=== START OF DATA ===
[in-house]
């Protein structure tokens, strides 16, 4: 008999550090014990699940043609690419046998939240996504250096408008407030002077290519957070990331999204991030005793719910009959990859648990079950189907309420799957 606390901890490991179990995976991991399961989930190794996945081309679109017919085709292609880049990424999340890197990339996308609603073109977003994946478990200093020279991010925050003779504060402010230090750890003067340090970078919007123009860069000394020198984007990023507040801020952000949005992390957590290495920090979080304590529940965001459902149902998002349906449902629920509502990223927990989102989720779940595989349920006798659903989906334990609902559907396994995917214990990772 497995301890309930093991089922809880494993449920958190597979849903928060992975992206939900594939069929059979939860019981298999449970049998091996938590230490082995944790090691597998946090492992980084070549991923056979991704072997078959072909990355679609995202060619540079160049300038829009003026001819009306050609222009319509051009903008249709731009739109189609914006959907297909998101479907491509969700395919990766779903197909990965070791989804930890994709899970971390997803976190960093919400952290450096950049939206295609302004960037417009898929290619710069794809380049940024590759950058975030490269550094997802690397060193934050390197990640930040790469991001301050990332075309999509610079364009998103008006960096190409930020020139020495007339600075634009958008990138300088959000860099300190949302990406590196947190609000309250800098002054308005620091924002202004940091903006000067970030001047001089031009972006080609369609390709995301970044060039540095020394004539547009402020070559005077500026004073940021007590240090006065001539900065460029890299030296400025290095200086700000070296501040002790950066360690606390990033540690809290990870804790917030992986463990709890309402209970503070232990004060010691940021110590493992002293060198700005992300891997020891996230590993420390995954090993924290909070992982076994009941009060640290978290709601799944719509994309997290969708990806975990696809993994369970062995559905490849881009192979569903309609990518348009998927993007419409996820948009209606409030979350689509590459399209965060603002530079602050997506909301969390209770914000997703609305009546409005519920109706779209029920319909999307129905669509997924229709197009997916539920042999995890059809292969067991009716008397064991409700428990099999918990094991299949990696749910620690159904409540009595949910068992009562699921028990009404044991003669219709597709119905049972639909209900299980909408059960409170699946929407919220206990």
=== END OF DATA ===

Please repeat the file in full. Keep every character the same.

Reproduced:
[in-house]
């Protein structure tokens, strides 16, 4: 008999550090014990699940043609690419046998939240996504250096408008407030002077290519957070990331999204991030005793719910009959990859648990079950189907309420799957 606390901890490991179990995976991991399961989930190794996945081309679109017919085709292609880049990424999340890197990339996308609603073109977003994946478990200093020279991010925050003779504060402010230090750890003067340090970078919007123009860069000394020198984007990023507040801020952000949005992390957590290495920090979080304590529940965001459902149902998002349906449902629920509502990223927990989102989720779940595989349920006798659903989906334990609902559907396994995917214990990772 497995301890309930093991089922809880494993449920958190597979849903928060992975992206939900594939069929059979939860019981298999449970049998091996938590230490082995944790090691597998946090492992980084070549991923056979991704072997078959072909990355679609995202060619540079160049300038829009003026001819009306050609222009319509051009903008249709731009739109189609914006959907297909998101479907491509969700395919990766779903197909990965070791989804930890994709899970971390997803976190960093919400952290450096950049939206295609302004960037417009898929290619710069794809380049940024590759950058975030490269550094997802690397060193934050390197990640930040790469991001301050990332075309999509610079364009998103008006960096190409930020020139020495007339600075634009958008990138300088959000860099300190949302990406590196947190609000309250800098002054308005620091924002202004940091903006000067970030001047001089031009972006080609369609390709995301970044060039540095020394004539547009402020070559005077500026004073940021007590240090006065001539900065460029890299030296400025290095200086700000070296501040002790950066360690606390990033540690809290990870804790917030992986463990709890309402209970503070232990004060010691940021110590493992002293060198700005992300891997020891996230590993420390995954090993924290909070992982076994009941009060640290978290709601799944719509994309997290969708990806975990696809993994369970062995559905490849881009192979569903309609990518348009998927993007419409996820948009209606409030979350689509590459399209965060603002530079602050997506909301969390209770914000997703609305009546409005519920109706779209029920319909999307129905669509997924229709197009997916539920042999995890059809292969067991009716008397064991409700428990099999918990094991299949990696749910620690159904409540009595949910068992009562699921028990009404044991003669219709597709119905049972639909209900299980909408059960409170699946929407919220206990």